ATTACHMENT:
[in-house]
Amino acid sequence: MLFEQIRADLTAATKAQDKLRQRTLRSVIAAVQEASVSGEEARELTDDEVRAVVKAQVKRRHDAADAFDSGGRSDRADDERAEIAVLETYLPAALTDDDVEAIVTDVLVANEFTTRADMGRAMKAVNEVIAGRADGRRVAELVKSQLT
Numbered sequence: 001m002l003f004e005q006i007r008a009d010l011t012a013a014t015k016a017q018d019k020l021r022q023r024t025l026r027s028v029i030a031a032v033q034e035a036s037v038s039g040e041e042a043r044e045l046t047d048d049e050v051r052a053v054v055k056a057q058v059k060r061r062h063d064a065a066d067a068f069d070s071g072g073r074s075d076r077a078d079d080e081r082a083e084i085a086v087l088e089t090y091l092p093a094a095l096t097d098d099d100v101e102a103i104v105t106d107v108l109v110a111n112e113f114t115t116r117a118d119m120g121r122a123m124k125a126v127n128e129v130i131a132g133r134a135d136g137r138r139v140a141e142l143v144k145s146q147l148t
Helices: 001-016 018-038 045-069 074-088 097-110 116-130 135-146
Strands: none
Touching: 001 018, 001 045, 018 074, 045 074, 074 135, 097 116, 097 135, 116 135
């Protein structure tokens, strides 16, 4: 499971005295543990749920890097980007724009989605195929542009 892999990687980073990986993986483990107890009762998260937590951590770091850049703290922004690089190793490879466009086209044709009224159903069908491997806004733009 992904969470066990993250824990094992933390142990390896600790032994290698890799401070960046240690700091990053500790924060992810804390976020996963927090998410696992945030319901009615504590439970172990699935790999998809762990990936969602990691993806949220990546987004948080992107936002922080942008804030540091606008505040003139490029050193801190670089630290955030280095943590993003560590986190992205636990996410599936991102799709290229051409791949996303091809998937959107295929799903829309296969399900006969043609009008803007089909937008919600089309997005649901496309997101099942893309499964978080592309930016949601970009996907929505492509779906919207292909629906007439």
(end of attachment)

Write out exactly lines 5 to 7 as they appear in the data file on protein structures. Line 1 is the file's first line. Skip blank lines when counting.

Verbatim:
Strands: none
Touching: 001 018, 001 045, 018 074, 045 074, 074 135, 097 116, 097 135, 116 135
């Protein structure tokens, strides 16, 4: 499971005295543990749920890097980007724009989605195929542009 892999990687980073990986993986483990107890009762998260937590951590770091850049703290922004690089190793490879466009086209044709009224159903069908491997806004733009 992904969470066990993250824990094992933390142990390896600790032994290698890799401070960046240690700091990053500790924060992810804390976020996963927090998410696992945030319901009615504590439970172990699935790999998809762990990936969602990691993806949220990546987004948080992107936002922080942008804030540091606008505040003139490029050193801190670089630290955030280095943590993003560590986190992205636990996410599936991102799709290229051409791949996303091809998937959107295929799903829309296969399900006969043609009008803007089909937008919600089309997005649901496309997101099942893309499964978080592309930016949601970009996907929505492509779906919207292909629906007439």